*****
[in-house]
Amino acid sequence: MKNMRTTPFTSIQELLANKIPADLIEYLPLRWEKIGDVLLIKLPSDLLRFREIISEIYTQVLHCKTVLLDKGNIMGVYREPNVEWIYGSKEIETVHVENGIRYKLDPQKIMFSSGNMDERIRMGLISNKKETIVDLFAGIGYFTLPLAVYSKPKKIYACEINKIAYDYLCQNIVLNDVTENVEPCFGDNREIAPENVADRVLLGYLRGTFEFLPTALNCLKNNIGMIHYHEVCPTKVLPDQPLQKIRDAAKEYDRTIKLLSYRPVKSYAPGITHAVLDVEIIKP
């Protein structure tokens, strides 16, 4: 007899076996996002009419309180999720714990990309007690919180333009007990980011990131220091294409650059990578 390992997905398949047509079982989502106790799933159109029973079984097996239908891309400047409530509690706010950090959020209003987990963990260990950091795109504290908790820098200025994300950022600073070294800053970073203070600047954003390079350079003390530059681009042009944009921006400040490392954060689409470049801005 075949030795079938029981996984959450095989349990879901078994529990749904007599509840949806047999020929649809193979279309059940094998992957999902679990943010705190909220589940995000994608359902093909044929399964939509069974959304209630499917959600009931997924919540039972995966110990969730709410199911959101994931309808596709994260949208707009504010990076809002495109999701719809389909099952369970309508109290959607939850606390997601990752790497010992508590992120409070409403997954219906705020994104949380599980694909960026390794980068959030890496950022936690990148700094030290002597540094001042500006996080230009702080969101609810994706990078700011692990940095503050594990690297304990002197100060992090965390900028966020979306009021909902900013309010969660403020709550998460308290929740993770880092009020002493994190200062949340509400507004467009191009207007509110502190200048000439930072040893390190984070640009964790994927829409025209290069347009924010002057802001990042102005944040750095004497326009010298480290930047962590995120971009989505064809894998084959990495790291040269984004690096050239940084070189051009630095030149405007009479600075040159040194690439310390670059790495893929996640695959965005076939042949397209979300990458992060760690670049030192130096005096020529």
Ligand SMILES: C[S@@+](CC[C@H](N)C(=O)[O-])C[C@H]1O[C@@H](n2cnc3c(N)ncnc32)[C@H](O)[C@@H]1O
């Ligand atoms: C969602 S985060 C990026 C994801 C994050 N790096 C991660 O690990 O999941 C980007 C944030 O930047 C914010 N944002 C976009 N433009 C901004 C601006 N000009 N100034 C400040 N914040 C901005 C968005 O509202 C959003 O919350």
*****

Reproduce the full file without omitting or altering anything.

[in-house]
Amino acid sequence: MKNMRTTPFTSIQELLANKIPADLIEYLPLRWEKIGDVLLIKLPSDLLRFREIISEIYTQVLHCKTVLLDKGNIMGVYREPNVEWIYGSKEIETVHVENGIRYKLDPQKIMFSSGNMDERIRMGLISNKKETIVDLFAGIGYFTLPLAVYSKPKKIYACEINKIAYDYLCQNIVLNDVTENVEPCFGDNREIAPENVADRVLLGYLRGTFEFLPTALNCLKNNIGMIHYHEVCPTKVLPDQPLQKIRDAAKEYDRTIKLLSYRPVKSYAPGITHAVLDVEIIKP
């Protein structure tokens, strides 16, 4: 007899076996996002009419309180999720714990990309007690919180333009007990980011990131220091294409650059990578 390992997905398949047509079982989502106790799933159109029973079984097996239908891309400047409530509690706010950090959020209003987990963990260990950091795109504290908790820098200025994300950022600073070294800053970073203070600047954003390079350079003390530059681009042009944009921006400040490392954060689409470049801005 075949030795079938029981996984959450095989349990879901078994529990749904007599509840949806047999020929649809193979279309059940094998992957999902679990943010705190909220589940995000994608359902093909044929399964939509069974959304209630499917959600009931997924919540039972995966110990969730709410199911959101994931309808596709994260949208707009504010990076809002495109999701719809389909099952369970309508109290959607939850606390997601990752790497010992508590992120409070409403997954219906705020994104949380599980694909960026390794980068959030890496950022936690990148700094030290002597540094001042500006996080230009702080969101609810994706990078700011692990940095503050594990690297304990002197100060992090965390900028966020979306009021909902900013309010969660403020709550998460308290929740993770880092009020002493994190200062949340509400507004467009191009207007509110502190200048000439930072040893390190984070640009964790994927829409025209290069347009924010002057802001990042102005944040750095004497326009010298480290930047962590995120971009989505064809894998084959990495790291040269984004690096050239940084070189051009630095030149405007009479600075040159040194690439310390670059790495893929996640695959965005076939042949397209979300990458992060760690670049030192130096005096020529």
Ligand SMILES: C[S@@+](CC[C@H](N)C(=O)[O-])C[C@H]1O[C@@H](n2cnc3c(N)ncnc32)[C@H](O)[C@@H]1O
């Ligand atoms: C969602 S985060 C990026 C994801 C994050 N790096 C991660 O690990 O999941 C980007 C944030 O930047 C914010 N944002 C976009 N433009 C901004 C601006 N000009 N100034 C400040 N914040 C901005 C968005 O509202 C959003 O919350």